Analysing Energy Systems

Subject ENGR90029 (2014)

Note: This is an archived Handbook entry from 2014.

Credit Points: 12.50
Level: 9 (Graduate/Postgraduate)
Dates & Locations:

This subject is not offered in 2014.

Time Commitment: Contact Hours: 36 hours: 3 hours per week of lectures/tutorials
Total Time Commitment:

200 hours


Admission to a Masters level program.

Corequisites: None
Recommended Background Knowledge: None
Non Allowed Subjects:
Core Participation Requirements:

For the purposes of considering request for Reasonable Adjustments under the Disability Standards for Education (Cwth 2005), and Student Support and Engagement Policy, academic requirements for this subject are articulated in the Subject Overview, Learning Outcomes, Assessment and Generic Skills sections of this entry.

It is University policy to take all reasonable steps to minimise the impact of disability upon academic study, and reasonable adjustments will be made to enhance a student's participation in the University's programs. Students who feel their disability may impact on meeting the requirements of this subject are encouraged to discuss this matter with a Faculty Student Adviser and Student Equity and Disability Support:

Subject Overview:


This subject forms one of the core units in the Masters of Energy Systems and the overall aims are to introduce the students to the tools and skills needed to analyze energy systems. To accomplish this overall aim, the subject introduces material and energy balances used in energy system calculations, and introduces and applies the Laws of Thermodynamics to simple energy systems.

This subject, together with ENGR90028 Introduction to Energy Systems, ENGR90030 Non-Renewable Energy, SCIE90014 Renewable Energy and ENGR90032 Energy Supply and Value Chains provide the core technical content for the Masters of Energy Systems.
The ability to analyze existing or new proposed energy systems is essential in assessing the merits and economics of our energy supply. This subject gives the students the opportunity to learn and apply these fundamental tools and skills with relevant and realistic energy systems.


Topics include:

  • thermodynamic properties
  • equations of state
  • the conservation of energy in and around energy processing systems
  • evaluation of enthalpy changes with and without phase change
  • simplified energy balances for batch, steady-state and adiabatic systems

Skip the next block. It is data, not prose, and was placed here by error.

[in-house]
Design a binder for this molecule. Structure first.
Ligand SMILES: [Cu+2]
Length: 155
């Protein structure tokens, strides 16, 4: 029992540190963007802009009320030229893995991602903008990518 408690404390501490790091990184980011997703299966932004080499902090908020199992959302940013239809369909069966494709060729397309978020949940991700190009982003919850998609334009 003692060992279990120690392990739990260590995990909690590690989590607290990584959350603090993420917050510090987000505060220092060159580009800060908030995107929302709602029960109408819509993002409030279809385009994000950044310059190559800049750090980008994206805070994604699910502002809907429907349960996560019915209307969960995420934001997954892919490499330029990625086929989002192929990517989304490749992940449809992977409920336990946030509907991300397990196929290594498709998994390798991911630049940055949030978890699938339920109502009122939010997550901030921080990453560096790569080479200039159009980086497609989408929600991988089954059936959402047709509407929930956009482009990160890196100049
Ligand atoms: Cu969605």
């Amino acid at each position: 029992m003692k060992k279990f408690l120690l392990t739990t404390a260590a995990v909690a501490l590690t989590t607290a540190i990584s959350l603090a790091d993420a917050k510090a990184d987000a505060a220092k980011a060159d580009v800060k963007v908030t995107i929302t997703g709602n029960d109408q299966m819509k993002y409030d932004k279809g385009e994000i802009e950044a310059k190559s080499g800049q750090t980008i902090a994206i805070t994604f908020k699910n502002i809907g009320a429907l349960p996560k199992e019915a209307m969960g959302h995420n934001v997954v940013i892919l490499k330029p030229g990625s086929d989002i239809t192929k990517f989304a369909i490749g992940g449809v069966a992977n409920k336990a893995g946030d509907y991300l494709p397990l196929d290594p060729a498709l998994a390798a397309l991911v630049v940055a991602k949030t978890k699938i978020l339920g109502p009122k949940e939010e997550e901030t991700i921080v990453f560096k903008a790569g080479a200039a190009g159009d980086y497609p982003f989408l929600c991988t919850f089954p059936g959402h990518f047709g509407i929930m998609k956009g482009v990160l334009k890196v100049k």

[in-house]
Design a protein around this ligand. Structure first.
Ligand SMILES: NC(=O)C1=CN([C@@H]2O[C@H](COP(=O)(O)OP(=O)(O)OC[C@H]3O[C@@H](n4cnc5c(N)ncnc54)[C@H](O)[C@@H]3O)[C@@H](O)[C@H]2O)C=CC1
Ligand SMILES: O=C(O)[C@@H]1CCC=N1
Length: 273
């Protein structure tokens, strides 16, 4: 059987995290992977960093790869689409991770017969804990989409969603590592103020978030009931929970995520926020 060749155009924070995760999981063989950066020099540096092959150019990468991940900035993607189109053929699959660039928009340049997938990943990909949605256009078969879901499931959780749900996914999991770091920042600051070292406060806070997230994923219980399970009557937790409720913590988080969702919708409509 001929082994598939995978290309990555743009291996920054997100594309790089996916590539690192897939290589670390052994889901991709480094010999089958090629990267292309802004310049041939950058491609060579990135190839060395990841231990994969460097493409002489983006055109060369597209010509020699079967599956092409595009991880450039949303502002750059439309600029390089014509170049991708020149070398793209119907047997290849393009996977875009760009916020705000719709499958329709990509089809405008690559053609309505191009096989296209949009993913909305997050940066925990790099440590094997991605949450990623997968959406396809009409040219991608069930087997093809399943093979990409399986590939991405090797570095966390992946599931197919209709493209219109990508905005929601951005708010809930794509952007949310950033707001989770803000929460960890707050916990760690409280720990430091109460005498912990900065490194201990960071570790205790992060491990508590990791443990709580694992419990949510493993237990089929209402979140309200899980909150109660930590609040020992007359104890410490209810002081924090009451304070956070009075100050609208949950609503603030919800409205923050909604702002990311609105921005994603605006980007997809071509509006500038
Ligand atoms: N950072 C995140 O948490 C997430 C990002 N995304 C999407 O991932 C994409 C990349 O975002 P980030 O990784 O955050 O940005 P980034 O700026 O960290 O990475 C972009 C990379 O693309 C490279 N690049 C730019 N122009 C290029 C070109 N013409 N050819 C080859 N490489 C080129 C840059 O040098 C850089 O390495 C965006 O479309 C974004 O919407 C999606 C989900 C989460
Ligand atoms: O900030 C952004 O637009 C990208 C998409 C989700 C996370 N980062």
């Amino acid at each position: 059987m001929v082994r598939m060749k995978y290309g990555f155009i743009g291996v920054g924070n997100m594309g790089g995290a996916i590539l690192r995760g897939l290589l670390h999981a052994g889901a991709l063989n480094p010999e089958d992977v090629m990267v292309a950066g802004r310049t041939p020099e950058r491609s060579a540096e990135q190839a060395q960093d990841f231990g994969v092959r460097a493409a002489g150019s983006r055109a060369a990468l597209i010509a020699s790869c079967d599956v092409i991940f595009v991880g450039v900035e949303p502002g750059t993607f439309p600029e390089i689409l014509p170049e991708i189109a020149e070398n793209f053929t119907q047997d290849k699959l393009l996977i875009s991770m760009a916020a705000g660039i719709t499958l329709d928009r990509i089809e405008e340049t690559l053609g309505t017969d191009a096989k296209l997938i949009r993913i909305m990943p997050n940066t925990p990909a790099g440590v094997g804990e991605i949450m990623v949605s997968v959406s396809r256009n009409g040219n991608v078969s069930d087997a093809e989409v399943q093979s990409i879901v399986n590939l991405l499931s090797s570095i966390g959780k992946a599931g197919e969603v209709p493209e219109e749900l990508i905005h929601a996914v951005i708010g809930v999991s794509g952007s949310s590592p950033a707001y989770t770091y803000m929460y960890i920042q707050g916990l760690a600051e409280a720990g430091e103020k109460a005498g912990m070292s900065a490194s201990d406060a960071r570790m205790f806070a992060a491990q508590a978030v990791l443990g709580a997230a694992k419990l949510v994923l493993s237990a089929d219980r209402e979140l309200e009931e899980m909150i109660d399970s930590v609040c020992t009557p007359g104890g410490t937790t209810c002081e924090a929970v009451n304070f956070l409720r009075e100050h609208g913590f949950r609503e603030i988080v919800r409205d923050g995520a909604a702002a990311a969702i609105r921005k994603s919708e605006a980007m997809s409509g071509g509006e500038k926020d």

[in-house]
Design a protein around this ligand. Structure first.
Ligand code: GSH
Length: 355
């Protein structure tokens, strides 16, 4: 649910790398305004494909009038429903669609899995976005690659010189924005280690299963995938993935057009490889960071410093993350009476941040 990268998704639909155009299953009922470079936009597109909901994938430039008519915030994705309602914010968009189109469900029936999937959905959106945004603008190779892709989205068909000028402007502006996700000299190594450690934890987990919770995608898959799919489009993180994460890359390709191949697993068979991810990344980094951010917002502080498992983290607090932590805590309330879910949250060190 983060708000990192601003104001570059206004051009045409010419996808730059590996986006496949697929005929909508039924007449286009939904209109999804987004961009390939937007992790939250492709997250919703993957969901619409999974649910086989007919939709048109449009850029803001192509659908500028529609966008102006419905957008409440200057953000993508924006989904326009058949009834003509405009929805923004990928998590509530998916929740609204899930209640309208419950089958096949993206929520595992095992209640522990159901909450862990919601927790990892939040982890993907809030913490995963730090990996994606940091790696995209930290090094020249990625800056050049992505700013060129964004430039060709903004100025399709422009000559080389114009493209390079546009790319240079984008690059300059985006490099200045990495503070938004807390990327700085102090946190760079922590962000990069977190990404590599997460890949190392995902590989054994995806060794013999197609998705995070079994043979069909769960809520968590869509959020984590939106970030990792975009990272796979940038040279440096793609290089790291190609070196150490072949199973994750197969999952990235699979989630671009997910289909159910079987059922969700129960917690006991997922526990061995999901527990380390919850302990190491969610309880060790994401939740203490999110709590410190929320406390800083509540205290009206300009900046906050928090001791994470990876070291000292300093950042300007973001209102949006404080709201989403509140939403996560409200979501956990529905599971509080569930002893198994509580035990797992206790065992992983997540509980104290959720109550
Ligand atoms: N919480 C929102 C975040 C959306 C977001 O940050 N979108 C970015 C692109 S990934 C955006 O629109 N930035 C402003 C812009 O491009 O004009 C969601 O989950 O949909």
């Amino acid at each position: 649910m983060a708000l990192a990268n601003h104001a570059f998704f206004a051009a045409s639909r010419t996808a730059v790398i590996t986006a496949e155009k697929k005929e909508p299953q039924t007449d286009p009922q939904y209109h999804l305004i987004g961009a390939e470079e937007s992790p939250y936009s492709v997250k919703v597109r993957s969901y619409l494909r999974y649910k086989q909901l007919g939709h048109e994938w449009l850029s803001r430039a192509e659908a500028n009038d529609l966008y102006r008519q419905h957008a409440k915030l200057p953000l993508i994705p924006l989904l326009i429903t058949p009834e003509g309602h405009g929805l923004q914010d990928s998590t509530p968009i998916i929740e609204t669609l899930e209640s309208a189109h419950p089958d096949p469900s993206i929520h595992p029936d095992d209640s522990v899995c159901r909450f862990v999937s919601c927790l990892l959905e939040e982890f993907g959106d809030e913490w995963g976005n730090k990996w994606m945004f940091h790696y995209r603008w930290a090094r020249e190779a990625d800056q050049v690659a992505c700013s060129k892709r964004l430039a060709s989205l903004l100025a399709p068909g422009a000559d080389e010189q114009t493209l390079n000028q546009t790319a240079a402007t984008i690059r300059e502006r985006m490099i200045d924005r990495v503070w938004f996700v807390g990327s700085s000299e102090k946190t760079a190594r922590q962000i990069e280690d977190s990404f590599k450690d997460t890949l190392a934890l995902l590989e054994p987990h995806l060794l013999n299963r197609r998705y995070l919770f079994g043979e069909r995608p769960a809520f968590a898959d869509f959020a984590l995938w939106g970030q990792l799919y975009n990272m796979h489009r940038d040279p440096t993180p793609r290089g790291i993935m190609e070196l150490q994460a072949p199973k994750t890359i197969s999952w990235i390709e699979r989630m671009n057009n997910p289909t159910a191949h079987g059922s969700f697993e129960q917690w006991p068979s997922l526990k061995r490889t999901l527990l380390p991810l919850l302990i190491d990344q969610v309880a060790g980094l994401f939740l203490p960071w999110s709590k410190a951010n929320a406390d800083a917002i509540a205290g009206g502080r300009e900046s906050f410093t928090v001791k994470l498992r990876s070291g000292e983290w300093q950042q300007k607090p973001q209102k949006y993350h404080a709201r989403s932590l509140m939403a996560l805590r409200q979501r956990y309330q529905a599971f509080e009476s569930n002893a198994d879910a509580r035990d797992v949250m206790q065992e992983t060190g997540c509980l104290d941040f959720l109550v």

• estimation of heats of combustion
  • simultaneous material and energy balances
  • entropy, the Second Law of Thermodynamics and Carnot’s principle
  • simple thermodynamic cycles
  • exercises in process optimisation and the solution of ill-defined process problems

Learning Outcomes:


On completion of this subject the student is expected to:

  • draw flowsheets for appropriate energy systems
  • calculate energy and mass flows within such systems
  • appreciate the theoretical limits on device performance and determine thermodynamic efficiencies if proposed systems
  • perform process optimisation and solve ill-defined process problems related to energy systems

  • Four assignments spread throughout the semester, each of no more than 10 pages (10% each)
  • One written two-hour end-of-semester examination (60%).

Hurdle requirement: A mark of 40% or more in the end of semester examination is required to pass the subject.

ILOs 1 to 4 are addressed in the assignments.

ILOs 2 and 3 are addressed in the examination.

Prescribed Texts: None
Breadth Options:

This subject is not available as a breadth subject.

Fees Information: Subject EFTSL, Level, Discipline & Census Date
Generic Skills:
  • Ability to apply scientific fundamentals
  • Ability to communicate effectively with the community at large
  • Ability to undertake problem identification, formulation and solution
  • Ability to use a systems approach to the analysis of operational performance
  • Understanding of the social, cultural, global and environmental responsibilities of a professional, and the need for sustainable development
  • Understanding of the principles of sustainable design and development



The subject will be delivered through a combination of lectures and tutorials.


Students have access to lecture notes and lecture slides. The subject LMS site also contains worked solutions for all tutorial assignments.


Examples used in the tutorials are derived directly from industry practice in energy systems.

Related Course(s): Master of Energy Systems

Download PDF version.